As companies continue to bring on new employees during the pandemic, onboarding has become virtual for many. Upskilling existing employees has moved online. With this shift comes new challenges—how do you make sure trainees are spending their time productively? How do you teach them efficiently when you can’t see what they’re doing in the office and they can’t easily shadow existing employees who will show them the ropes?
Feedback is essential to growth, and giving feedback is core to the management function. So why do so many managers struggle to give feedback effectively?
It is critical to maintain a high level of productivity and morale among employees, especially as work-from-home has turned into a long-term arrangement for many. While there continues to be uncertainty about when we will return to the pre-COVID working environment, leaders can control the current state of remote work by setting their teams up with the right set of collaborative tools and support to avoid employee burnout.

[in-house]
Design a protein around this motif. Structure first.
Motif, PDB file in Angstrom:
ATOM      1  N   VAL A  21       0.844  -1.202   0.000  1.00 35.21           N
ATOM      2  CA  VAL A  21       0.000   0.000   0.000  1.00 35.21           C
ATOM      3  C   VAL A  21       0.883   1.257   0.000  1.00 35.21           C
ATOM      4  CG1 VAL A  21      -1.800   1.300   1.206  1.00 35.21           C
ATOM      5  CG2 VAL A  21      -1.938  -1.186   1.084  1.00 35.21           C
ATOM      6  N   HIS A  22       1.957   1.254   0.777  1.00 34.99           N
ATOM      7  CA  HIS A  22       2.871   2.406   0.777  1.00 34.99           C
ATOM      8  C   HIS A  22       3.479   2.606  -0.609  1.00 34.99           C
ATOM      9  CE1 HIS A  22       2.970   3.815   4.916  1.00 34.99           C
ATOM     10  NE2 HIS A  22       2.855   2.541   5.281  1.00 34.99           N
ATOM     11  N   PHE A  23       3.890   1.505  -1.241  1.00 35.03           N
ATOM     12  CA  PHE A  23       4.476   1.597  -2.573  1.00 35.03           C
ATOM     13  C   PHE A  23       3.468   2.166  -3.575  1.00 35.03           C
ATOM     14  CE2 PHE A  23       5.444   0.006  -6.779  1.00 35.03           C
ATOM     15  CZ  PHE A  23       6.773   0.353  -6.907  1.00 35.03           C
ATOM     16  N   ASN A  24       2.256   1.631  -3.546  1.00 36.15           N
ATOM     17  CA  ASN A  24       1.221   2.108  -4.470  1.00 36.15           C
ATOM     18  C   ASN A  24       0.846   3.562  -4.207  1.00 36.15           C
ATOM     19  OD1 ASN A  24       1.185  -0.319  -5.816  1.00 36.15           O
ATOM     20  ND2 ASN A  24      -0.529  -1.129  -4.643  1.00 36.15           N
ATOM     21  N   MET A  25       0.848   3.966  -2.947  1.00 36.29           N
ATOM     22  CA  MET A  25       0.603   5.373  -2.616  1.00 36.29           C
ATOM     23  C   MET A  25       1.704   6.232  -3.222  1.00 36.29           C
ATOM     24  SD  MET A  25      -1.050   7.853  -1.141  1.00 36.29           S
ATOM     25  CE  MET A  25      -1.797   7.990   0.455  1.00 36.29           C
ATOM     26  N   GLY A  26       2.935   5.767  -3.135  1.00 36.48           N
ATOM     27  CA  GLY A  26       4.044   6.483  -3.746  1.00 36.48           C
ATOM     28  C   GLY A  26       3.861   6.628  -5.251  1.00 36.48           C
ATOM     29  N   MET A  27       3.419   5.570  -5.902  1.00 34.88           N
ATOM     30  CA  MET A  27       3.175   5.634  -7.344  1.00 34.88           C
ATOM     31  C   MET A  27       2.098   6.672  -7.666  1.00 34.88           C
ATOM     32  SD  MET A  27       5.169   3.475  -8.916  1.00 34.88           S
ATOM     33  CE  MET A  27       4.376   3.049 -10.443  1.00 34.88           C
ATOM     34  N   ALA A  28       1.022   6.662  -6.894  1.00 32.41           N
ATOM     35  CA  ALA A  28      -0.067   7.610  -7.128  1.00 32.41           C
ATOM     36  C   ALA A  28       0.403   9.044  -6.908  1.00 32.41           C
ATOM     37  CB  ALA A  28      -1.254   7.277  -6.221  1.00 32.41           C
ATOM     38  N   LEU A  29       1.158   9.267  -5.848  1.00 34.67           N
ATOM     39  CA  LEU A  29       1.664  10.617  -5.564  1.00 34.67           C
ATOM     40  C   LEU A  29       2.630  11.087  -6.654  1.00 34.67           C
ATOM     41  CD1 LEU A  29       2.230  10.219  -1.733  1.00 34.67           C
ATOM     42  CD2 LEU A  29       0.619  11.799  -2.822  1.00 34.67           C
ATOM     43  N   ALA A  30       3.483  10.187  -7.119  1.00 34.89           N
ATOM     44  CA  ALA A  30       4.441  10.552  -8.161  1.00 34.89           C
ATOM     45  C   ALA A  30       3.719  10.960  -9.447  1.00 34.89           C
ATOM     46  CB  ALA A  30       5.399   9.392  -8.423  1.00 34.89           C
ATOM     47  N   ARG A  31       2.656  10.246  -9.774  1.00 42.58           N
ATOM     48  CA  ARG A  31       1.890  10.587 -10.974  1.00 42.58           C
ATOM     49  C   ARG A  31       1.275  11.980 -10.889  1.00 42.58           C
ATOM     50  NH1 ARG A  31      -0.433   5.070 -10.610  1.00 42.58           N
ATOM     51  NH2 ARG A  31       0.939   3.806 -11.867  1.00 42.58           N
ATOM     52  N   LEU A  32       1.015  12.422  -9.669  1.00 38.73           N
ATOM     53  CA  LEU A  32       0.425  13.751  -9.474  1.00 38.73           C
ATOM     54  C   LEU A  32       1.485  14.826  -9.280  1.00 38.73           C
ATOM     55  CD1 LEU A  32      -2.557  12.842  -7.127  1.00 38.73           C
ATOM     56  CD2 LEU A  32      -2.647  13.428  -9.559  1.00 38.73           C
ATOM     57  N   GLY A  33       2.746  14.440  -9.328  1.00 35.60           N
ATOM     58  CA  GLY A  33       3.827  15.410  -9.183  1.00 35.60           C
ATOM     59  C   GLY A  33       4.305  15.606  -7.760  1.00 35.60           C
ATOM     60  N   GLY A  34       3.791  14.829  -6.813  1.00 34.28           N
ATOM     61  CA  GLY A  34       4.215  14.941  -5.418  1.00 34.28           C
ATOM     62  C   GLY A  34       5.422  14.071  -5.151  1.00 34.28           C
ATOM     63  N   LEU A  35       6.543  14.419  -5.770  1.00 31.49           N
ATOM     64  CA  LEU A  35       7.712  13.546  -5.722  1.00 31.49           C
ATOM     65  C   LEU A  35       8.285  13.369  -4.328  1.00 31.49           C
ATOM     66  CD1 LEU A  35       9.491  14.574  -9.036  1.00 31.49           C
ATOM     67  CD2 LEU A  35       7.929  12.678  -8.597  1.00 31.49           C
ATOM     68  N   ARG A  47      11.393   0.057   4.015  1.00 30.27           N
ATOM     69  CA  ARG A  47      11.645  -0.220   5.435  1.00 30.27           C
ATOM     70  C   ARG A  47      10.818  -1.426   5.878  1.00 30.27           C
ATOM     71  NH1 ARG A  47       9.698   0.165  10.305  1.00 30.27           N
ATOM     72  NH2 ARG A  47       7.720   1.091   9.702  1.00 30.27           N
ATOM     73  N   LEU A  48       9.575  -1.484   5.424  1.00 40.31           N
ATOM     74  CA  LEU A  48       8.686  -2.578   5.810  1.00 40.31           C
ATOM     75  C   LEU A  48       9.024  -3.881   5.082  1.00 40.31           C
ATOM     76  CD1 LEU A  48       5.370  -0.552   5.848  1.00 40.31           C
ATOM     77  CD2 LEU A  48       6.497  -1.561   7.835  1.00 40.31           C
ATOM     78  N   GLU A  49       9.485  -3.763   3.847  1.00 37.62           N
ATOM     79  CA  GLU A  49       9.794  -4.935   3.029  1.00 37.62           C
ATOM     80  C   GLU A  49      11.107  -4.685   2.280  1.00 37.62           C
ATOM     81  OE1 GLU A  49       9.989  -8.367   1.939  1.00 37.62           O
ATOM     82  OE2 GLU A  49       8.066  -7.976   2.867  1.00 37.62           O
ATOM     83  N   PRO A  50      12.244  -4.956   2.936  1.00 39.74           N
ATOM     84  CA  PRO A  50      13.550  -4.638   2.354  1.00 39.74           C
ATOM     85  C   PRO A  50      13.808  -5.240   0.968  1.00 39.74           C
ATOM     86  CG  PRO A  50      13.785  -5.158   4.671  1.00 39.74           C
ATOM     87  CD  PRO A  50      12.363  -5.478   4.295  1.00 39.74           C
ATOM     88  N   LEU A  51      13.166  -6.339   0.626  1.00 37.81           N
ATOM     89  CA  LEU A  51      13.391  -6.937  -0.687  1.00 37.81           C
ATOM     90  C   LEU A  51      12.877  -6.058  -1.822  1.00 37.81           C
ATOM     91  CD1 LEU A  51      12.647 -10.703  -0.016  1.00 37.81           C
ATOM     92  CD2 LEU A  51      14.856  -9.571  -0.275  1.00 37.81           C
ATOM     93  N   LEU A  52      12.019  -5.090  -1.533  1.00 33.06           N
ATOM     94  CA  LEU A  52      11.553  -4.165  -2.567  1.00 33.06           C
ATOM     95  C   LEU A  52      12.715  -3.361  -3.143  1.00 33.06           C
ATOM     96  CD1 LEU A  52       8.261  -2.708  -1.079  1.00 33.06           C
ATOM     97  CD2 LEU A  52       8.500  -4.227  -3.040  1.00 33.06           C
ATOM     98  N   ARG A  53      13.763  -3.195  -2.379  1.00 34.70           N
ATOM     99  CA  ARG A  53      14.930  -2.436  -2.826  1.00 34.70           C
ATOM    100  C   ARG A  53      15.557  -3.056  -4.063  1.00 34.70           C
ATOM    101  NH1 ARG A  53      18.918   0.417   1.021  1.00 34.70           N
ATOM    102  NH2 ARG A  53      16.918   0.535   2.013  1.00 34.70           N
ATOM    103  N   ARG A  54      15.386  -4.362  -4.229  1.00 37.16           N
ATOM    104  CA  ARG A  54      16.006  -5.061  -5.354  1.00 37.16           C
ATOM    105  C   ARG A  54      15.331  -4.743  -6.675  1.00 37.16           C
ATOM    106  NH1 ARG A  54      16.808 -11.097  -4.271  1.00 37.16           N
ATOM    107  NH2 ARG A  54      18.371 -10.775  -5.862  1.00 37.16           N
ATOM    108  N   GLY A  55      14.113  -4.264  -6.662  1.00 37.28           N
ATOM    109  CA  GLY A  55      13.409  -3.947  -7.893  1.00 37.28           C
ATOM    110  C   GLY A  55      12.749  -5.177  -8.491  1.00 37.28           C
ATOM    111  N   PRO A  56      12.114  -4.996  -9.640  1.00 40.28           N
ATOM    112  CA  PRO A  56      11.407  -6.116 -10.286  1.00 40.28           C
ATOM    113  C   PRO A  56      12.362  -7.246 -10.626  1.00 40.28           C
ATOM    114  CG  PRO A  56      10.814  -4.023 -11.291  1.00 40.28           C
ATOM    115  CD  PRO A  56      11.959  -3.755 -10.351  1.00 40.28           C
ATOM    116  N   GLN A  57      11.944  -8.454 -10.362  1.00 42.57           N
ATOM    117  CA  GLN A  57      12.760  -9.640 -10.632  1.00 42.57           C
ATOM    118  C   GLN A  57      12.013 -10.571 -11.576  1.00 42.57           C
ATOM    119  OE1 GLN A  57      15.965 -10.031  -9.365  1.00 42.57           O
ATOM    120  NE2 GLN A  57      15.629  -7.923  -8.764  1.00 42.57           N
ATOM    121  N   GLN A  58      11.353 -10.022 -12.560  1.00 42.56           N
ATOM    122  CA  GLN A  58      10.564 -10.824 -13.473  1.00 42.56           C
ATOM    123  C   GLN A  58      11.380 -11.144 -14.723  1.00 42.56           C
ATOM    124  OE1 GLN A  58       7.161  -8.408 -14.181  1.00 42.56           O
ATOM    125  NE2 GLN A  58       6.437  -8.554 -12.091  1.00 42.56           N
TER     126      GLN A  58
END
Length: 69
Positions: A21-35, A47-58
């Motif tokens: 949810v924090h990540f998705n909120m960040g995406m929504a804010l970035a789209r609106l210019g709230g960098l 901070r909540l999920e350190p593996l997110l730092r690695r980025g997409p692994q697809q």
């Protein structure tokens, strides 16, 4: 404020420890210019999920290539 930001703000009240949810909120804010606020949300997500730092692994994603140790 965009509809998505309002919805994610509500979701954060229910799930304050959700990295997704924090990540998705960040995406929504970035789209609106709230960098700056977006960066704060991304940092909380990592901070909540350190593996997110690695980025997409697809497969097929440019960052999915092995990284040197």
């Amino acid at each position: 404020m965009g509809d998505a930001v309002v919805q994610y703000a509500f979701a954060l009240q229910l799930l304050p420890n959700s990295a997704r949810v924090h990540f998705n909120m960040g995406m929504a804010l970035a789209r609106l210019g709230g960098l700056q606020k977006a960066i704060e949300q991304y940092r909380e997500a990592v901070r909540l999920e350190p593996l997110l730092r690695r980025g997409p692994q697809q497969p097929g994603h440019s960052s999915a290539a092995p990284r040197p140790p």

Exceedingly few managers receive formal people management training. In fact, 98% of managers feel their organizations need more formal training, and 87% of managers wished they had received more training when they first became a manager. So why don’t more organizations use widely available, low cost, and effective tools to develop their teams?
Social impact programming tends to be most effective when the make-up of the organization that administers it mirrors the community it serves. People, values, perspectives, and backgrounds are key components. When the right components are in place, the output is greater trust in intention and process. So why is diversity still such an issue in non-profit board rooms?